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Leaked Video: Hero Australian cuts whale cub free from shark nets – watch.

A humpback whale and calf. A man has rescued a whale calf stuck in nets off the Gold Coast, Australia, while officials took more than two hours to respond. Photograph: Norbert Probst/Alamy

PortandTerminal.com, May 21, 2020

Rescuer hailed a hero on social media but risks fines of over $17k for interfering with shark control nets

BRISBANE, AUSTRALIA – A man who rescued a whale calf trapped in nets off the Gold Coast from a small boat may face a fine of over $US 17 thousand.

The man, how was out fishing at the time, rescued the stricken animal on Tuesday morning as officials took more than two hours to respond.

“I saw the whale and I thought, ‘That is pretty cool’,” the rescuer, who asked not to be named, told reporters. “Then I saw he was in the net and I thought, ‘That is not cool’.”

Local media is reporting that the brave Australian, realizing that the baby humpback whale was trapped in shark netting and in distress, immediately set off to help.

He said he took off his shirt and donned swimming fins before diving into waters off Burleigh Heads, using his knife to free the baby whale’s pectoral fin from the net, which was cutting into its flesh.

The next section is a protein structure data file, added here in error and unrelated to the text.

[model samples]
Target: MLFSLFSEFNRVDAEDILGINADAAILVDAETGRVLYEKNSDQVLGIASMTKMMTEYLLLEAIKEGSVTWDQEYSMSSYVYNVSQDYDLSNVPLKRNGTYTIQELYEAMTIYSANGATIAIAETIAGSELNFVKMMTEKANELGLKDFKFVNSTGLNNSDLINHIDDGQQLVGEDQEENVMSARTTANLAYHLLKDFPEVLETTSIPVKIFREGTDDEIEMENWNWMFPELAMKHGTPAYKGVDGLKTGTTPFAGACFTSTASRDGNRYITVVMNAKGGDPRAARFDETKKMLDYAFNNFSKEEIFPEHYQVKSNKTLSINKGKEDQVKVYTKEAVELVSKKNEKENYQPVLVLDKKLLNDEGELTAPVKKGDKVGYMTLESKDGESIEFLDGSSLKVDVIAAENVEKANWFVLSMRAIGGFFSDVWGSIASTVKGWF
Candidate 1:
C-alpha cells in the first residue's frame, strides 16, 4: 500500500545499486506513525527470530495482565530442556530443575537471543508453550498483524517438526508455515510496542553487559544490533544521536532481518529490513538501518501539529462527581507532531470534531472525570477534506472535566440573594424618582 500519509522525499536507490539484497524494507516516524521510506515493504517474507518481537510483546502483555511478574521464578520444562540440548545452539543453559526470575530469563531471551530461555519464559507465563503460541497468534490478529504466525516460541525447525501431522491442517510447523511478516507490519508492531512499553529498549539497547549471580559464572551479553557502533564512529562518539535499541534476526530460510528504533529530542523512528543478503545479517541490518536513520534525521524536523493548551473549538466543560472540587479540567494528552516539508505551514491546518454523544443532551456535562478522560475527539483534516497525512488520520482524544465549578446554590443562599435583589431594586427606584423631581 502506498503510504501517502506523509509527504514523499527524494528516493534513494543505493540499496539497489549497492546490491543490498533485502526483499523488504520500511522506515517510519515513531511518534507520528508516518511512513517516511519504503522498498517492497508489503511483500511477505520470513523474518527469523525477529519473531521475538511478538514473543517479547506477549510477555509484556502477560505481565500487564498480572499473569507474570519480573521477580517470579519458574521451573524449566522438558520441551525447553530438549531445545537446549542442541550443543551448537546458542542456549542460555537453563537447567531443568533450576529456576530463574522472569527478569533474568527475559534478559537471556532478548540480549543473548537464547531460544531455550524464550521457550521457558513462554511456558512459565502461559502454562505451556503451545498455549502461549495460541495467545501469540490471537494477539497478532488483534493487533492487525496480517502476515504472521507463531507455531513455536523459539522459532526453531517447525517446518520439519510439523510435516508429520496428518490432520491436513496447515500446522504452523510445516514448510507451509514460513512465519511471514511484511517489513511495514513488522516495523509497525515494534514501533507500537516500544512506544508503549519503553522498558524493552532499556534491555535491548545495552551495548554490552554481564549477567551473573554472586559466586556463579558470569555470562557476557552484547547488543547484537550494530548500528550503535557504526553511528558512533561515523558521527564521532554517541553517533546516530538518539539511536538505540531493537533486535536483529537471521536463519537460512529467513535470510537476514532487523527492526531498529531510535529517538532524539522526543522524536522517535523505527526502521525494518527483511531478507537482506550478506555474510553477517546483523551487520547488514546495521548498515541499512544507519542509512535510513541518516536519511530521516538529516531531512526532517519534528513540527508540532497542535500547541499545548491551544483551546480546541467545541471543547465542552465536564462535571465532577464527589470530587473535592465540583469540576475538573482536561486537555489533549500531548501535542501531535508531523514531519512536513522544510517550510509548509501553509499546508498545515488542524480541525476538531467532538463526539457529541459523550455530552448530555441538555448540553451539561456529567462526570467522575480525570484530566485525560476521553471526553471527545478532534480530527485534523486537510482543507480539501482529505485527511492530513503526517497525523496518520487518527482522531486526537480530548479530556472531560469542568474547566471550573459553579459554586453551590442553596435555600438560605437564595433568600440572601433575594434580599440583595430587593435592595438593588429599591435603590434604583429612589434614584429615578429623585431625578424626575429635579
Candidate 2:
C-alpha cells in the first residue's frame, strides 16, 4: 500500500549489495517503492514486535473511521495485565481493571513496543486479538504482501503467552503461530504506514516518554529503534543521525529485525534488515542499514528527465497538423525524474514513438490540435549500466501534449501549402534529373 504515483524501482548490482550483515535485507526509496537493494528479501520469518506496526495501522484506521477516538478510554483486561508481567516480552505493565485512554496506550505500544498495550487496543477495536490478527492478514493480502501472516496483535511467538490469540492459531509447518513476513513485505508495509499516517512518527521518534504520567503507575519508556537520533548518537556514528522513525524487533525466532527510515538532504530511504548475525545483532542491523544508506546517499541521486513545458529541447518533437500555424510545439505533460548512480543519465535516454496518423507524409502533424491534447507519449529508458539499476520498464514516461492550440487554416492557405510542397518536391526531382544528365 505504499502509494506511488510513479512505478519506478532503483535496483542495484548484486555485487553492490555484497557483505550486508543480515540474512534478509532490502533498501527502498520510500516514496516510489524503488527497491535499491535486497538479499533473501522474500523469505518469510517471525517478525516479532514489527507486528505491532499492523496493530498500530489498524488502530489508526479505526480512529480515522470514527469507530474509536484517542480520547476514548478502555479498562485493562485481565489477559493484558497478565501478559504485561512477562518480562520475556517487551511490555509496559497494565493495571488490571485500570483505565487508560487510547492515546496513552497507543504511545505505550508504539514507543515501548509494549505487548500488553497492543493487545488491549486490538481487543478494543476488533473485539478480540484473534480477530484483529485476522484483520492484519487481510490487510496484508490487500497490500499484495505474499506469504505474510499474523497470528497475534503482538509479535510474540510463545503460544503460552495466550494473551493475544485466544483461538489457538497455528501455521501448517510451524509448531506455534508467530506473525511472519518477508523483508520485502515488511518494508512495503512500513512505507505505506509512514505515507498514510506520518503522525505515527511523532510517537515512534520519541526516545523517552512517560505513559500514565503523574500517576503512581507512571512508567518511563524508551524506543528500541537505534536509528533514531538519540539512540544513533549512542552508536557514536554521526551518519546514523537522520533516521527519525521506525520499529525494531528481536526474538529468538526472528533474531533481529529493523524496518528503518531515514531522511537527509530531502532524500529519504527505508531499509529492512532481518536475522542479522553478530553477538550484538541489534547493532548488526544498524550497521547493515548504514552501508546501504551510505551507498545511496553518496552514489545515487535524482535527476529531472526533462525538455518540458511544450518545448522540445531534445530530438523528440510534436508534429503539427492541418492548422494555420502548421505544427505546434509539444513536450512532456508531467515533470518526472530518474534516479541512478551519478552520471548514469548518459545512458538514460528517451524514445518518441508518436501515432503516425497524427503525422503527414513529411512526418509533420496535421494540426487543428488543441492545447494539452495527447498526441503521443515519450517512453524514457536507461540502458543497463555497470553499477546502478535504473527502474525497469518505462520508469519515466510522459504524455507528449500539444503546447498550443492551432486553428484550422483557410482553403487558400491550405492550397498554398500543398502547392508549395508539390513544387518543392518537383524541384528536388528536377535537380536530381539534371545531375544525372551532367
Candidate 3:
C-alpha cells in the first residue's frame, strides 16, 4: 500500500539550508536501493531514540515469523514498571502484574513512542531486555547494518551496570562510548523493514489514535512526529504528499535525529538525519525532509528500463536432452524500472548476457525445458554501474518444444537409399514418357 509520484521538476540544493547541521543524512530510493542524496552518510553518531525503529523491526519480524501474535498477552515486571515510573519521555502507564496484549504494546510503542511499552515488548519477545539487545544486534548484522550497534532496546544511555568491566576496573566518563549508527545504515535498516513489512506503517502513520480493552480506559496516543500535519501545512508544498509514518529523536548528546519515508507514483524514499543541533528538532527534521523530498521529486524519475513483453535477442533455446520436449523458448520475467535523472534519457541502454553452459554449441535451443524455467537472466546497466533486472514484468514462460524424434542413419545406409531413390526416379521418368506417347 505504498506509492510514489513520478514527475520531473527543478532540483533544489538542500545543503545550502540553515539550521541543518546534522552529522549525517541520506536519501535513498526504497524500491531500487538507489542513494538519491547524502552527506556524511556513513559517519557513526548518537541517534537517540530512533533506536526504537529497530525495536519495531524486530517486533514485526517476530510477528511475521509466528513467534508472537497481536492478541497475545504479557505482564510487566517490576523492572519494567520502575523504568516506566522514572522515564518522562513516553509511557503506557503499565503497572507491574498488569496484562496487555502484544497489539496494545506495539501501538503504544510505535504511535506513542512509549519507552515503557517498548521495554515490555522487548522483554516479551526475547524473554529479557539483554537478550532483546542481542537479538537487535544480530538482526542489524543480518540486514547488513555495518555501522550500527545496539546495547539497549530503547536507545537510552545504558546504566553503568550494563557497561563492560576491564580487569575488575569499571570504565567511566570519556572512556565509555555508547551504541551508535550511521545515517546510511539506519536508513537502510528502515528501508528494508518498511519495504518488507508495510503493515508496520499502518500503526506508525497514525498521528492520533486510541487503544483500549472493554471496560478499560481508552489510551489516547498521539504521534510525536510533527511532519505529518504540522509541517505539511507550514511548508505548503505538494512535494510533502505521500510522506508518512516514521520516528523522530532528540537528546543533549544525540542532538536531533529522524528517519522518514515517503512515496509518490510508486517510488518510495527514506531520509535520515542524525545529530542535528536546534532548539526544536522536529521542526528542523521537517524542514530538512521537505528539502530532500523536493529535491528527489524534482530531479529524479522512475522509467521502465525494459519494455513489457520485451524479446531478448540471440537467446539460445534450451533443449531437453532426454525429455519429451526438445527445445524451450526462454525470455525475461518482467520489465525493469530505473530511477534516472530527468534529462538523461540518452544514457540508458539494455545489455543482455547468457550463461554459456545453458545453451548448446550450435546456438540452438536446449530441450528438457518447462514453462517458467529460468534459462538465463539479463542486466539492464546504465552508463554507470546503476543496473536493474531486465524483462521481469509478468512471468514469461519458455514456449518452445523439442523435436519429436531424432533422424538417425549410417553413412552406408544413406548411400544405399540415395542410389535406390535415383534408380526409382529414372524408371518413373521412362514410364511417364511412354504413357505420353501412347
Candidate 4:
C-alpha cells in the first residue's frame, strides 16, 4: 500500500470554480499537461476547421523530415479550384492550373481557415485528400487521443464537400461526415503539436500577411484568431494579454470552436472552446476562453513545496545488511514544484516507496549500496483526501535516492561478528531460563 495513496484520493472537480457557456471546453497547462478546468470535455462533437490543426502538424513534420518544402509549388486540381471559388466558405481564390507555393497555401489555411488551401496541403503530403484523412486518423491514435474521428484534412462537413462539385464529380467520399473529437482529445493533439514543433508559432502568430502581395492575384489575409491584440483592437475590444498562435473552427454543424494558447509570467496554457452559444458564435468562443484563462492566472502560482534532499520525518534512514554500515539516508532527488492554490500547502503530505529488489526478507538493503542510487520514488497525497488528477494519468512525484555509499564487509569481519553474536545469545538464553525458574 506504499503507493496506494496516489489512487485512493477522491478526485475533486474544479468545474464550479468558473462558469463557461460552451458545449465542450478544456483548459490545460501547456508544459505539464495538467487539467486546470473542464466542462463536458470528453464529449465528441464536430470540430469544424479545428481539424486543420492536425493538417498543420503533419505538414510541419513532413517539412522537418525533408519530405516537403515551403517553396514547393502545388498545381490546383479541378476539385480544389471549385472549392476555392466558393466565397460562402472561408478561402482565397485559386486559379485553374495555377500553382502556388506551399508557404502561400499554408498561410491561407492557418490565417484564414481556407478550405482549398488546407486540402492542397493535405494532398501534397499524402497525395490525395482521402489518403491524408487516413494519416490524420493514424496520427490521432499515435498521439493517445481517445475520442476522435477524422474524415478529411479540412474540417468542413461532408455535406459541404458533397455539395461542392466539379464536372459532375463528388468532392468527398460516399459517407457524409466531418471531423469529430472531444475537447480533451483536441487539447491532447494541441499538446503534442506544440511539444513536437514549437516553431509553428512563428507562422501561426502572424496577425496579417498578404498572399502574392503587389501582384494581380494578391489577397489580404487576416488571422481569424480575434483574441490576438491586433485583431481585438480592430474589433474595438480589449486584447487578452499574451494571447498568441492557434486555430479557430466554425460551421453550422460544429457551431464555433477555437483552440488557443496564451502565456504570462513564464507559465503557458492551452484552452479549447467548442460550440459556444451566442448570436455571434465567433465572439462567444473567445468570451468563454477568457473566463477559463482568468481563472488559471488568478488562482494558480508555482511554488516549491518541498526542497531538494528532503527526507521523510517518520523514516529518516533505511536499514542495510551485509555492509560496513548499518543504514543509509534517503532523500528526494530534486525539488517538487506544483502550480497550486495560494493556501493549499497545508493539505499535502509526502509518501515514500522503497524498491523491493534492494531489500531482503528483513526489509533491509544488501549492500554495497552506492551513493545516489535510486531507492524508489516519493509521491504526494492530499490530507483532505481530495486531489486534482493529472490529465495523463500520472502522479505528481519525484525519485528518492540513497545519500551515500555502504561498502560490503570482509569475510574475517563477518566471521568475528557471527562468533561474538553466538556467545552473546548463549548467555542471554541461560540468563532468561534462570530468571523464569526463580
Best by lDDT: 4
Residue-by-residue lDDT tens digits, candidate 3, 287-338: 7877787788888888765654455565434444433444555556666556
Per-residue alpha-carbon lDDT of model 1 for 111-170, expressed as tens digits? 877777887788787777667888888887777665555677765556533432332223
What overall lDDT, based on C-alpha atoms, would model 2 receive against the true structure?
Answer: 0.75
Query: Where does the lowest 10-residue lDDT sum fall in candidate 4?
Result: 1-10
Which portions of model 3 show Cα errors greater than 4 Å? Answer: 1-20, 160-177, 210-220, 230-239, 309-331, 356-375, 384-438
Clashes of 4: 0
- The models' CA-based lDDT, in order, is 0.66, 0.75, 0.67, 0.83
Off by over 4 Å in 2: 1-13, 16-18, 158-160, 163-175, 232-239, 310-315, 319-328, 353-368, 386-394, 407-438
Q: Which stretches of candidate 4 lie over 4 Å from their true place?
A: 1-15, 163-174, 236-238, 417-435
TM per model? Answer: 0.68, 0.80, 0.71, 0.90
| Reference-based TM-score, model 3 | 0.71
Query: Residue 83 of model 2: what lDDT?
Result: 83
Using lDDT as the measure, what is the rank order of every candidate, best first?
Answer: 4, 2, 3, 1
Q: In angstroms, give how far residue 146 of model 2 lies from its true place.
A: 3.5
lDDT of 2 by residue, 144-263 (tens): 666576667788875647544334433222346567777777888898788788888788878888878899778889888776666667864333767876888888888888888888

“He was about eight to nine metres deep (26 to 30 feet). Because of the adrenalin, my heart was just pumping,” he said, describing his repeated resurfacing.

It’s unknown how long the calf – believed to be a humpback – had been trapped.

It was spotted about 7am by a drone operator, and a crew from the Department of Agriculture and Fisheries arrived at the scene at 9.45am.

However, the man had already released the whale, drawing a cheer from a crowd of onlookers who had gathered on the cliffs above the water.

While the rescuer was hailed as a hero on social media, he now risks a fine of up to $26,900 AUD ($US 17,500) for interfering with shark control nets.

He said staff from Queensland Fisheries intercepted him as he came to shore.

“Yeah, I’m in trouble. I wasn’t going out there to see whales. It was an expensive day but whatever … you pay the price sometimes,” he said. “I didn’t think about what the fine was.”

Queensland Fisheries has confirmed it is investigating but says no fine has yet been issued.

The fisheries minister, Mark Furner, said the rescue was incredibly risky. “It is dangerous equipment. We have unfortunately seen the loss of life when people have themselves become entangled in this equipment.

Local residents also sided with the rescuer: they announced a fundraiser to cover the hero’s potential expenses.

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